DEFINITION of Callable Certificate Of Deposit
A callable certificate of deposit is an FDIC insured certificate of deposit (CD) that contains a call feature similar to other types of callable fixed-income securities. Callable CDs can be redeemed (called away) early by the issuing bank prior to their stated maturity, usually within a given time frame, and at a preset call price.
BREAKING DOWN Callable Certificate Of Deposit
A callable certificate of deposit has two features – A CD and a callable security. A certificate of deposit, or CD, is a time deposit issued by banks to investors who purchase the CDs to earn interest on their investment for a fixed period of time. The financial product pays interest until it matures, at which point, the investor or depositor can access his or her funds. Although it is still possible to withdraw money from a CD prior to the maturity date, this action will often incur an early withdrawal penalty. A CD typically offers a higher rate of return than a standard savings account and is considered a risk-free investment insured up to $250,000 by the Federal Deposit Insurance Corporation (FDIC) or National Credit Union Administration (NCUA).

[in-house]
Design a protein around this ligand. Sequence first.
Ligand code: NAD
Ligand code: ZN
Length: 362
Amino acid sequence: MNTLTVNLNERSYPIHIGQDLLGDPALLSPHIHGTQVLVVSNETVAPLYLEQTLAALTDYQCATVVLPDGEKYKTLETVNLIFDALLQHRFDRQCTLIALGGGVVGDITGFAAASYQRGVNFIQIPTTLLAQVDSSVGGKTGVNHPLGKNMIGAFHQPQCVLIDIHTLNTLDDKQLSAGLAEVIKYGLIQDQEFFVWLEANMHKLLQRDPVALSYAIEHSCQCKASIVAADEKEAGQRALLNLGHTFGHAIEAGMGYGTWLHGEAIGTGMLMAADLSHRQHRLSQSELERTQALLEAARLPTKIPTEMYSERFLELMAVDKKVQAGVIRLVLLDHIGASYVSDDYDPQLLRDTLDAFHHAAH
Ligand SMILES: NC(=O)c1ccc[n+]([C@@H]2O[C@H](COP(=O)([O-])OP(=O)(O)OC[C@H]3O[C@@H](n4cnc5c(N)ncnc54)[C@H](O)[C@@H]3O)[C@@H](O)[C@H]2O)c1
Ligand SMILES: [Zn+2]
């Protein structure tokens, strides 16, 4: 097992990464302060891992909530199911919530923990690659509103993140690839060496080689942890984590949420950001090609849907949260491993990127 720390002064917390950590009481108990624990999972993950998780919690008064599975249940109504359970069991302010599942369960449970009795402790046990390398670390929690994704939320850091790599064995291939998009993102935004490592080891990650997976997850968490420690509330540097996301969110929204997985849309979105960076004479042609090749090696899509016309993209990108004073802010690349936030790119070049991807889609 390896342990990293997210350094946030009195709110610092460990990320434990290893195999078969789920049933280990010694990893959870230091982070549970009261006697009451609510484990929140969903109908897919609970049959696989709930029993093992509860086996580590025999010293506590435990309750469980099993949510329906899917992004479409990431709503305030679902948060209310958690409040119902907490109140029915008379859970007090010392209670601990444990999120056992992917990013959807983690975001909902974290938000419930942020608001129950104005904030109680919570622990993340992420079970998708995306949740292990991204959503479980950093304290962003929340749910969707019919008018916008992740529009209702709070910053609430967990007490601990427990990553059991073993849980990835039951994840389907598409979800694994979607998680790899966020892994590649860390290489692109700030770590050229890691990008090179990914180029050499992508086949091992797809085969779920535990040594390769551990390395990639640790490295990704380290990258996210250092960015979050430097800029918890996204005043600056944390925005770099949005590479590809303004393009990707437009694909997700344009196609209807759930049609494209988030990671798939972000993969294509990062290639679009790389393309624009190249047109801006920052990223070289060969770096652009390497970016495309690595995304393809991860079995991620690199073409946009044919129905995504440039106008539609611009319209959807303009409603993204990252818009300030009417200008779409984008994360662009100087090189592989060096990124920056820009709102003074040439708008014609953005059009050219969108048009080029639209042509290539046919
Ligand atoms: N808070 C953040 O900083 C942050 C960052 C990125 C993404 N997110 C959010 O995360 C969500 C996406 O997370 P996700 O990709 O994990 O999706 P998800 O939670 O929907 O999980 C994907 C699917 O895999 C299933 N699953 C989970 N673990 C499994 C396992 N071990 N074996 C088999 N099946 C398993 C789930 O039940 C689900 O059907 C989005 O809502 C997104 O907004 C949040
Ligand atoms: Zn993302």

A callable security is one that can be redeemed early by the issuer, especially during times of decreasing interest rates which allow the borrower to refinance its interest-bearing securities. A bank adds a call feature to a CD so it does not have to continue paying a higher rate to the CD holder if interest rates drop. Callable CDs are often redeemed at a premium to their purchase price as an incentive for investors to take on the call risk associated with the investment.
For example, if a bank issues a traditional CD that pays 4.5% to the investor, and interest rates fall to a point where the bank could issue the same CD to someone else for only 3.5%, the bank would be paying 1% higher rate for the duration of the CD. By using a callable CD, the bank can refinance its existing CDs by paying a call premium to investors and reissue the CD at a 3.5% yield.
The call premium is an amount over the par value of the CD, and typically decreases as the CD nears its maturity date. The call premium is stated in the disclosure statement which stipulates the terms of the CD including the call date. The call date is the date the bank can call back its shares. In our example above, if the bank issued a CD to mature in 2 years but set its first call date after six months from the date of issuance, the bank will not be able to retire its CD within the first six months of the bond’s term life. This lockout period provides a guarantee to investors that interest will be paid for at least six months before the CD can be redeemed.
The addition of call provisions to CDs creates reinvestment risk to investors. This is the risk that the time deposit may be retired early, forcing the investor to reinvest his or her proceeds in a lower interest paying CD.